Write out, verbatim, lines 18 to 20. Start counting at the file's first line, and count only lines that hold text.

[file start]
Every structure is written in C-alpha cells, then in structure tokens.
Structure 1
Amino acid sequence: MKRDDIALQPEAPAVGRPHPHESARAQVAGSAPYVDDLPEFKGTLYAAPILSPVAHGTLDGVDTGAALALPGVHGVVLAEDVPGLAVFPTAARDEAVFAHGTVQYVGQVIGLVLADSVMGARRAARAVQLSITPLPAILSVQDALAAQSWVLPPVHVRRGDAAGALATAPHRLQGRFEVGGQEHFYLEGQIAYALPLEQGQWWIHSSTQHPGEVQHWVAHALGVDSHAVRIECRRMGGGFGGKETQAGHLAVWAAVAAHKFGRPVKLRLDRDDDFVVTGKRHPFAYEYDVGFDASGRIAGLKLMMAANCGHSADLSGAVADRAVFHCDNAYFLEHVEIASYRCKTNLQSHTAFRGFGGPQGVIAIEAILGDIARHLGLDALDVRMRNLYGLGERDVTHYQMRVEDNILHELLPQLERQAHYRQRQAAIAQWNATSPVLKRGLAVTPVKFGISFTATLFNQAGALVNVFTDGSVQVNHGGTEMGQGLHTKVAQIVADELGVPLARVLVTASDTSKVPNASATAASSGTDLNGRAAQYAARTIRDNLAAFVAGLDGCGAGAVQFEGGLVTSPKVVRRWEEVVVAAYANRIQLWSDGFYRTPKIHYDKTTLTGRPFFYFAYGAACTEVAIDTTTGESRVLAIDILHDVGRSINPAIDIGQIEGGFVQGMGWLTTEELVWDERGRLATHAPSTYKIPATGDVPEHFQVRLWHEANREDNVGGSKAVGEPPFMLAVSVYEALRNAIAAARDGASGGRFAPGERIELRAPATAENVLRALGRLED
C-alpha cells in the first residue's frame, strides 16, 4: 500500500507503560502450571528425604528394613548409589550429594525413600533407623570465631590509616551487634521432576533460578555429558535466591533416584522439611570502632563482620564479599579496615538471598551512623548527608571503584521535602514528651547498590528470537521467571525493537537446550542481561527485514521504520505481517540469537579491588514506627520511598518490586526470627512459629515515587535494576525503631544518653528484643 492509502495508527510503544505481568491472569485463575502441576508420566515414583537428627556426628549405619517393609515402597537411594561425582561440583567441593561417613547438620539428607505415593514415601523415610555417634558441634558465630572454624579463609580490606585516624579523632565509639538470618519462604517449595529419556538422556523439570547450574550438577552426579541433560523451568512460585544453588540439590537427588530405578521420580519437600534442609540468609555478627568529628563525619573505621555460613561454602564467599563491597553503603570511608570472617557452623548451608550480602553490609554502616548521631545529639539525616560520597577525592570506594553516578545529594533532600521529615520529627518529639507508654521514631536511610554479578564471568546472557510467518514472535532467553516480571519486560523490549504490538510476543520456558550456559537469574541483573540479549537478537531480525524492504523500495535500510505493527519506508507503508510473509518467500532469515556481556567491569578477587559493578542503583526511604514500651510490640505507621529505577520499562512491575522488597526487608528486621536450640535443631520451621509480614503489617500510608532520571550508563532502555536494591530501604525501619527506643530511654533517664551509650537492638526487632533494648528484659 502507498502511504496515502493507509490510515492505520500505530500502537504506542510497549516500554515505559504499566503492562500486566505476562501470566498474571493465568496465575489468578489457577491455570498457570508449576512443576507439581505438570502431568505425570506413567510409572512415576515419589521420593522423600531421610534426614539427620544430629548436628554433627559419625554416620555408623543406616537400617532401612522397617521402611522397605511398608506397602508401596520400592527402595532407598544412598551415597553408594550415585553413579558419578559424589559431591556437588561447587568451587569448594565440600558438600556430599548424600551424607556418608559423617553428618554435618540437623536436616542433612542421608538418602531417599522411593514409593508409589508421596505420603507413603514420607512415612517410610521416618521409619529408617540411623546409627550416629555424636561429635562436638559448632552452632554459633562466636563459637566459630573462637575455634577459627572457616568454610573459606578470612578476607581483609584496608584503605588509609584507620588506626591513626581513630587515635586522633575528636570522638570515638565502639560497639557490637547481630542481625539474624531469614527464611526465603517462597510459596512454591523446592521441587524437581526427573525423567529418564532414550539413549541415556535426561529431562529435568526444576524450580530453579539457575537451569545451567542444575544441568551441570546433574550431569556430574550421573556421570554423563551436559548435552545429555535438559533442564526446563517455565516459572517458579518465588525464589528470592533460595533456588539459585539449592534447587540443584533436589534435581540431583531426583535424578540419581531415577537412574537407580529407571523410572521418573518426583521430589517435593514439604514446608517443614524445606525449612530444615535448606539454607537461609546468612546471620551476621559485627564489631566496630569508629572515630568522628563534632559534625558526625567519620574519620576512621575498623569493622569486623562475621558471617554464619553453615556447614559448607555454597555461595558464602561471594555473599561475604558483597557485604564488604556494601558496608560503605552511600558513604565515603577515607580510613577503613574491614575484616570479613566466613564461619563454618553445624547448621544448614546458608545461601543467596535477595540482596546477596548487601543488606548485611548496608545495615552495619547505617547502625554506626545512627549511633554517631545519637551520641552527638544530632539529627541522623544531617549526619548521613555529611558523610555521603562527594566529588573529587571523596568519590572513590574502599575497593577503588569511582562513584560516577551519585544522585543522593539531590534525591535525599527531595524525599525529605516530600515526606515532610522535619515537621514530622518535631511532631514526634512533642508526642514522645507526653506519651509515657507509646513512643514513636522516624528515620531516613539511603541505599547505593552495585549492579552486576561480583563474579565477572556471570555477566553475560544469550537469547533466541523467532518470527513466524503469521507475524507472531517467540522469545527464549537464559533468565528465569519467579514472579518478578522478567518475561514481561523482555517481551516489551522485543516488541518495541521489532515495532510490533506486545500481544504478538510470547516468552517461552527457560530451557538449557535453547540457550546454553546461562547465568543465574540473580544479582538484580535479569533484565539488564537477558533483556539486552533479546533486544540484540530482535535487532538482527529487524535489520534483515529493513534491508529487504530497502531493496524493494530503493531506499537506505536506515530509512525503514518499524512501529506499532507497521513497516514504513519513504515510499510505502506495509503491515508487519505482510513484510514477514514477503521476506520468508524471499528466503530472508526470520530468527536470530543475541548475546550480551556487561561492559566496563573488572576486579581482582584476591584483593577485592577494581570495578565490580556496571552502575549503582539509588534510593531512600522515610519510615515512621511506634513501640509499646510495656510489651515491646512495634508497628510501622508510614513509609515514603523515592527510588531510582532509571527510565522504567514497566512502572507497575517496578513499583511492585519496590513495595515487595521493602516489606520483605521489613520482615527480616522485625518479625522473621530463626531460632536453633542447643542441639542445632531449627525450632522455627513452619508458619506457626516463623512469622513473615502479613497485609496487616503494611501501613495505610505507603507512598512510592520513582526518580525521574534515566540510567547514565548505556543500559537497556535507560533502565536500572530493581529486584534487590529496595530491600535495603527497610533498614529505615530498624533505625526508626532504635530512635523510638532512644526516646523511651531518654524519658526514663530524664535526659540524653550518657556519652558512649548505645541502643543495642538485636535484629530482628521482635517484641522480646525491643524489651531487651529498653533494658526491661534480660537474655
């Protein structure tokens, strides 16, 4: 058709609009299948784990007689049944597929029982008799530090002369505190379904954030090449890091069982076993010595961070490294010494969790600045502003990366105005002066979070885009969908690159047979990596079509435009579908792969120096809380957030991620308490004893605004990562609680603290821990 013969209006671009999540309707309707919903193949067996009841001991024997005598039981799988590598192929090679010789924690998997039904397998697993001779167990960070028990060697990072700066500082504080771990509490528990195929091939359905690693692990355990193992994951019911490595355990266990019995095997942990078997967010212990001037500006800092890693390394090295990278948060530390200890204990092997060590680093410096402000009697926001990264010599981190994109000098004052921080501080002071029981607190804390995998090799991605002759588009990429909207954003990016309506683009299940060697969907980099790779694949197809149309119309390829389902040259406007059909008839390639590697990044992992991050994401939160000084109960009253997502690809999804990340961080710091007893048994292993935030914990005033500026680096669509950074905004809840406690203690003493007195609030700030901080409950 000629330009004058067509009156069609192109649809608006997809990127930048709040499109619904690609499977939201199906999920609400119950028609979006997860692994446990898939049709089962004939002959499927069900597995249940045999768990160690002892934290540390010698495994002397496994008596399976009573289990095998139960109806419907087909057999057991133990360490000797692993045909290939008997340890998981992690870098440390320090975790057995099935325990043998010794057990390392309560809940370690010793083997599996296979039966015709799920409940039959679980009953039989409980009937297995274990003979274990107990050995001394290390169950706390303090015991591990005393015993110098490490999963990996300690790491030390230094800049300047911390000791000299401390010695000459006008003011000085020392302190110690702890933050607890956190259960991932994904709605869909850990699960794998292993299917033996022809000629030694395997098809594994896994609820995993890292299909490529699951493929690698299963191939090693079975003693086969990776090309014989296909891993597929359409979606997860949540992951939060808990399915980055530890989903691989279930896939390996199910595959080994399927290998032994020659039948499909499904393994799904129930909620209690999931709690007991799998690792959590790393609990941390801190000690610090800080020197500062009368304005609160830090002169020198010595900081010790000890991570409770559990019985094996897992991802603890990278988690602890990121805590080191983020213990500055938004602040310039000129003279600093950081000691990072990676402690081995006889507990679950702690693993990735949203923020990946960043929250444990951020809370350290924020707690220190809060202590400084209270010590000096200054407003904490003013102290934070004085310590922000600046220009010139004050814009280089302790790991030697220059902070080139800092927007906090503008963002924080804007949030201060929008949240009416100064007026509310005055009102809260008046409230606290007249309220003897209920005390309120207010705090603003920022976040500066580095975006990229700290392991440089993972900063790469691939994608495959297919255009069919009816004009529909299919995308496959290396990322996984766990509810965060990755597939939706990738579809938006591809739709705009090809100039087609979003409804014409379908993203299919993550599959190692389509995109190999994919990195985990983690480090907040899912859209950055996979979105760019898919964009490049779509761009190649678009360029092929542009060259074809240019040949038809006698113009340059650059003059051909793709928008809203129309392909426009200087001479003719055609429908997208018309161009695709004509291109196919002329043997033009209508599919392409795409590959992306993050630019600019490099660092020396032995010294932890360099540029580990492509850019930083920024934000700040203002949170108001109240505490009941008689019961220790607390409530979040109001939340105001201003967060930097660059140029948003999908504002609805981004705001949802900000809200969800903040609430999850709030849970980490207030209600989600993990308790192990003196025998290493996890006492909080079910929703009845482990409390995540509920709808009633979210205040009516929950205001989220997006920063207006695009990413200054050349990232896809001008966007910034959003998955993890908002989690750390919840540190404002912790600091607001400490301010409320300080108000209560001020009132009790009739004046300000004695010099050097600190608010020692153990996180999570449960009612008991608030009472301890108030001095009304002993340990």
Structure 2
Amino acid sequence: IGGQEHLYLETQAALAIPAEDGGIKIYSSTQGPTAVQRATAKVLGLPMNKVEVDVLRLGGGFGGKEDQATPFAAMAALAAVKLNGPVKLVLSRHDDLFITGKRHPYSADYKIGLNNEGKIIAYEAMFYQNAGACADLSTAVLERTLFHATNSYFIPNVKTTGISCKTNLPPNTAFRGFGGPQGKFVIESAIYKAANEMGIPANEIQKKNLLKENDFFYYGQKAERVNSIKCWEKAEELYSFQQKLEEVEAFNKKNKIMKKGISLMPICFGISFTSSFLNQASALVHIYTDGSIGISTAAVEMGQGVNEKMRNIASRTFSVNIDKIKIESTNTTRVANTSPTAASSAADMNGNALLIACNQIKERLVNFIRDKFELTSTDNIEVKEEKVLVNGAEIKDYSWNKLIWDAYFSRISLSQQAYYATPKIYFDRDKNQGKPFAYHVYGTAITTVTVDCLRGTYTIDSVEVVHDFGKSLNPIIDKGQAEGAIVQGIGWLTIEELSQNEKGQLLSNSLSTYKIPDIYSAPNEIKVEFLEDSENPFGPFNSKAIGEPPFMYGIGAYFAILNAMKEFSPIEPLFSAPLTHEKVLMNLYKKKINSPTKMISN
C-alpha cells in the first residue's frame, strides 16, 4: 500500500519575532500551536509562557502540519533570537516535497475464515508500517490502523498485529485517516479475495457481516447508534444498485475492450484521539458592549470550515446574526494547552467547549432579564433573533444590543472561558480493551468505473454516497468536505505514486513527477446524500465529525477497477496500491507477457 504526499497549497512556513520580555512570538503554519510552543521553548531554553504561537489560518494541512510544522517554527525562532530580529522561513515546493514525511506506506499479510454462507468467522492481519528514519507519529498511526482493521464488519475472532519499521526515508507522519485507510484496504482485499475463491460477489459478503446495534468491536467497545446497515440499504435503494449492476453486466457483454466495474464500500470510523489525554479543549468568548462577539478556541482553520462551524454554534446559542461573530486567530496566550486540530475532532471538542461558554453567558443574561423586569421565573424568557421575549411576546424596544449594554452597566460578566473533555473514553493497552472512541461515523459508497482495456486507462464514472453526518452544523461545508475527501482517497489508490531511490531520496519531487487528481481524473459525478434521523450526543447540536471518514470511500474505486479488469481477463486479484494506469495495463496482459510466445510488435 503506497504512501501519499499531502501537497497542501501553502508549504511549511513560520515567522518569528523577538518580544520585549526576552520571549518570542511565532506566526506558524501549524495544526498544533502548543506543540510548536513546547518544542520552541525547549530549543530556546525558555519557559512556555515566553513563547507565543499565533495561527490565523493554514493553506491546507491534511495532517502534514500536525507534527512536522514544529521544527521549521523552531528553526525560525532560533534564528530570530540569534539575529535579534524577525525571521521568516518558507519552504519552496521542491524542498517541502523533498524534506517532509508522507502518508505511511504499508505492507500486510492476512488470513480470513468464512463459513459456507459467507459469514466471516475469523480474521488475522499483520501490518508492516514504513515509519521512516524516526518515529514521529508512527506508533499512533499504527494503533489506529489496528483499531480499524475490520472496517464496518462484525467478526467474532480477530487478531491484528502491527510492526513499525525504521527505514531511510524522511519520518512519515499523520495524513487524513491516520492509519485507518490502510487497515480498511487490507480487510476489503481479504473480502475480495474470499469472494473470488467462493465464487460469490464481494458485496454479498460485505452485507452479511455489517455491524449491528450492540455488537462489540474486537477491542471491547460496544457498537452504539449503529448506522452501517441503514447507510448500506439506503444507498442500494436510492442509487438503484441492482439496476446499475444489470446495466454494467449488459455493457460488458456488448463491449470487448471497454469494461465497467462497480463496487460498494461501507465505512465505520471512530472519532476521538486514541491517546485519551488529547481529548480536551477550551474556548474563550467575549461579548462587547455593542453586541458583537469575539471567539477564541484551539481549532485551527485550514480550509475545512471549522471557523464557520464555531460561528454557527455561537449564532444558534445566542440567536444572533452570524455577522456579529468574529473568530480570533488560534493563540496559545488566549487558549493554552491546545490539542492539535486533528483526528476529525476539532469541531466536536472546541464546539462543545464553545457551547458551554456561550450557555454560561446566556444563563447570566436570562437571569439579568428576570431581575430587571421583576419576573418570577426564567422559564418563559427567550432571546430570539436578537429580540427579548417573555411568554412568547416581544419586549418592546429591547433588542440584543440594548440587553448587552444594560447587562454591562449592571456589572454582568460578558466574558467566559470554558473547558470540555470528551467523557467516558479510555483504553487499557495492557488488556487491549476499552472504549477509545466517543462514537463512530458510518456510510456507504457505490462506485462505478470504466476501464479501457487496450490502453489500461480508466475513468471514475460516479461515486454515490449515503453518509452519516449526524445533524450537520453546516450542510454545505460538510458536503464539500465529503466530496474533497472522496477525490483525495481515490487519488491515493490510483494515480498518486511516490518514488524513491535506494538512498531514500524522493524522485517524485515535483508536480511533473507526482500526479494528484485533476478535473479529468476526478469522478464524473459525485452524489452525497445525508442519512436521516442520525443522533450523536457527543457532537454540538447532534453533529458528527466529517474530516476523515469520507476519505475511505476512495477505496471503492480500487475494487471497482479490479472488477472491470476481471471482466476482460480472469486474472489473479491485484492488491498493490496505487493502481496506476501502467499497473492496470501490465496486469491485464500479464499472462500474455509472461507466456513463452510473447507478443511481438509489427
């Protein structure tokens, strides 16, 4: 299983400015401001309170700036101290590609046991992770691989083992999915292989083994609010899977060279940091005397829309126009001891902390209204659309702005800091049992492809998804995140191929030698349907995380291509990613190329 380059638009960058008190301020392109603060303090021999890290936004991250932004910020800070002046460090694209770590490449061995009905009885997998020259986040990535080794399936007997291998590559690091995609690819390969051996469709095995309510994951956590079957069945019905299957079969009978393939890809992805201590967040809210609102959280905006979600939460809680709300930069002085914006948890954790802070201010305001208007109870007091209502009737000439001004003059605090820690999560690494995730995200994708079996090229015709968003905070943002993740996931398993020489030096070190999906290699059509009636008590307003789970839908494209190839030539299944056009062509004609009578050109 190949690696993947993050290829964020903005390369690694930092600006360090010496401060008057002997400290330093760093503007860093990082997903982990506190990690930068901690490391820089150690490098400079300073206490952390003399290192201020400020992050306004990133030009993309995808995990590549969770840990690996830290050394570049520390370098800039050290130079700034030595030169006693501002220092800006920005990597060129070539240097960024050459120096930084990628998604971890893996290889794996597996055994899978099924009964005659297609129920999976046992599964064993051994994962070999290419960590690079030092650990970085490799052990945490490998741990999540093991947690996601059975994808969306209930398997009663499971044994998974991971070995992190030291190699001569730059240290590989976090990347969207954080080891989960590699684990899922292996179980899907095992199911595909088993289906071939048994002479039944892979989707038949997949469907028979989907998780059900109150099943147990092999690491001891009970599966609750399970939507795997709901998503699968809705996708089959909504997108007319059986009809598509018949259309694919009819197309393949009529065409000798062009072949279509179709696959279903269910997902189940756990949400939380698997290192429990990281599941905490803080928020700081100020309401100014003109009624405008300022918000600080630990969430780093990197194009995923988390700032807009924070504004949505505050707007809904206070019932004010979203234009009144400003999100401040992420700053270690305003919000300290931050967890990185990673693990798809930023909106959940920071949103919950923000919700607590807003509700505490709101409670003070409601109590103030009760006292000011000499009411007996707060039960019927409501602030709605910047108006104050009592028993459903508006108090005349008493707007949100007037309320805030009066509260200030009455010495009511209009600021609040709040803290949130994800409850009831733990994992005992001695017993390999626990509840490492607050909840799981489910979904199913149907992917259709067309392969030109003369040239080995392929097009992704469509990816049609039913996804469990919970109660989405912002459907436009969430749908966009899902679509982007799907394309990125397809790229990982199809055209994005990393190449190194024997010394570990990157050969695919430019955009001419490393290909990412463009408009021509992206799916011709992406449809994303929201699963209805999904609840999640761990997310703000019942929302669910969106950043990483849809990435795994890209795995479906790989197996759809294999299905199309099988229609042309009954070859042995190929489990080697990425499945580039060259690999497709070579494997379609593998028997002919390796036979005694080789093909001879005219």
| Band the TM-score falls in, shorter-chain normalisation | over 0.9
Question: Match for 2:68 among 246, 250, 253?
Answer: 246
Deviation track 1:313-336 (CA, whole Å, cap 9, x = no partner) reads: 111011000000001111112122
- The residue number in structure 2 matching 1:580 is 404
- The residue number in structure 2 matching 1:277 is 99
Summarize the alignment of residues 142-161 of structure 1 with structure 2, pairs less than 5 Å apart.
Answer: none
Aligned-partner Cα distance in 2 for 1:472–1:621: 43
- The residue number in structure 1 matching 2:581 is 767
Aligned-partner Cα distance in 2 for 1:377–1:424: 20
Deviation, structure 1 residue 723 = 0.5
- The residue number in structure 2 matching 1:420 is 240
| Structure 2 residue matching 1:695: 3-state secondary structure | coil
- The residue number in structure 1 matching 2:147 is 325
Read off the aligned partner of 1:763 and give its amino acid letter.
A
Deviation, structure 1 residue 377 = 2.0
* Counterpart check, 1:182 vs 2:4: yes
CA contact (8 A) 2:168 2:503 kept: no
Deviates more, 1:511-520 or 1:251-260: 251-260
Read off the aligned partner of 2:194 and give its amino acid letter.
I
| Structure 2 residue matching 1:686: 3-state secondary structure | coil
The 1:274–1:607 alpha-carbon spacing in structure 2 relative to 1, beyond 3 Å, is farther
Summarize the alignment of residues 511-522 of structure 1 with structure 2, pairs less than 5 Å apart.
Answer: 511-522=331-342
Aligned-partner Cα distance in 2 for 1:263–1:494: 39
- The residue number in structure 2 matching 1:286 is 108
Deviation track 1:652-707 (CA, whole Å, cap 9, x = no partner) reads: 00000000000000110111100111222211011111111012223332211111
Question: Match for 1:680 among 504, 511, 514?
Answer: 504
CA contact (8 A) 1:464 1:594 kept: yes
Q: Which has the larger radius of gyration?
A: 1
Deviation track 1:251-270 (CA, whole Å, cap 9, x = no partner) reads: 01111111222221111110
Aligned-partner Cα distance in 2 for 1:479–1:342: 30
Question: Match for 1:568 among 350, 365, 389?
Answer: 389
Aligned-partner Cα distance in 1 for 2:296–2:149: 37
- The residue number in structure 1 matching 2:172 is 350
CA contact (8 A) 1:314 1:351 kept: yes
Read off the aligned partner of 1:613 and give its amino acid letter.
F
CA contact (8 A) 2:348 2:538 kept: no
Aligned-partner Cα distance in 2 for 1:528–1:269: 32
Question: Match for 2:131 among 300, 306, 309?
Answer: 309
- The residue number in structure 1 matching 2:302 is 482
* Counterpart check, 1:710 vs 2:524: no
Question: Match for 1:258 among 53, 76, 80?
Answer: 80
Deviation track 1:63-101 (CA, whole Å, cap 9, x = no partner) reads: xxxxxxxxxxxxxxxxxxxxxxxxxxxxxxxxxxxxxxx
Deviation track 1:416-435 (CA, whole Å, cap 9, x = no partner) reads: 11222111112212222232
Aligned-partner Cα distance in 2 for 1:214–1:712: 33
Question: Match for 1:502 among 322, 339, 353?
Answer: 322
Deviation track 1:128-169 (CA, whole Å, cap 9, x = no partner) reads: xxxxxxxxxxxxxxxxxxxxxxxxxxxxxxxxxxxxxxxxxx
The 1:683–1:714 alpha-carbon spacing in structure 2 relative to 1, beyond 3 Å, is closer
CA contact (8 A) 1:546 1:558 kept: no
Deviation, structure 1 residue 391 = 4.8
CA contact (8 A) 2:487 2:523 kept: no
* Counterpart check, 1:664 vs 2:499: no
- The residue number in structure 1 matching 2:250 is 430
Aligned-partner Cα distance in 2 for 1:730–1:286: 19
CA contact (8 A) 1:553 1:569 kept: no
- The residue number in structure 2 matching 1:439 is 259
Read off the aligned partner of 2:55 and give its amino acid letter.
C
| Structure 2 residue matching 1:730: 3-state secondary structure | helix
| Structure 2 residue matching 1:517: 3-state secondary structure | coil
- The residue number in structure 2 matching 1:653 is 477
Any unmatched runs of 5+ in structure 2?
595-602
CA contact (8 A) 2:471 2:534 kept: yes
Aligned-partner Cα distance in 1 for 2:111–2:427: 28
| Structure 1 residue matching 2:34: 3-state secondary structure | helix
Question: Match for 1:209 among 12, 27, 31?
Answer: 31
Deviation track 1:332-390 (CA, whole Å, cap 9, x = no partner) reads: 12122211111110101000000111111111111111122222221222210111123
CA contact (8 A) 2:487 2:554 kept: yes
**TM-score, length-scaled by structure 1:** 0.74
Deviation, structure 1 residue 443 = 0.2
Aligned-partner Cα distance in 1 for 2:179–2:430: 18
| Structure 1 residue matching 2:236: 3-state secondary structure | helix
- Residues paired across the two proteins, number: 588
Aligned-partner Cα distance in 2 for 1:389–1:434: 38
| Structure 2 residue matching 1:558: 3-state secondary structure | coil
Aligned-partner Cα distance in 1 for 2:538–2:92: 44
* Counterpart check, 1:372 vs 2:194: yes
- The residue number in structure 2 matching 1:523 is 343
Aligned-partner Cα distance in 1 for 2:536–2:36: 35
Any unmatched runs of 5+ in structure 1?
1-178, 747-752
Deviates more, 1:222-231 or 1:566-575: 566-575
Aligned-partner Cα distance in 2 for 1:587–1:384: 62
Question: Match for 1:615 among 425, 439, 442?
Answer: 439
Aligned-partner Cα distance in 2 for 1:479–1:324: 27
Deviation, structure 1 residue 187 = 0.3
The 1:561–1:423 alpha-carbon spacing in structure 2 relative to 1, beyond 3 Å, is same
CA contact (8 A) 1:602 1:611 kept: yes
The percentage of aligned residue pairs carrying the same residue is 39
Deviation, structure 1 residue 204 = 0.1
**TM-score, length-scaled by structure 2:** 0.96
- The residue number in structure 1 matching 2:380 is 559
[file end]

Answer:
Aligned-partner Cα distance in 2 for 1:472–1:621: 43
- The residue number in structure 1 matching 2:581 is 767
Aligned-partner Cα distance in 2 for 1:377–1:424: 20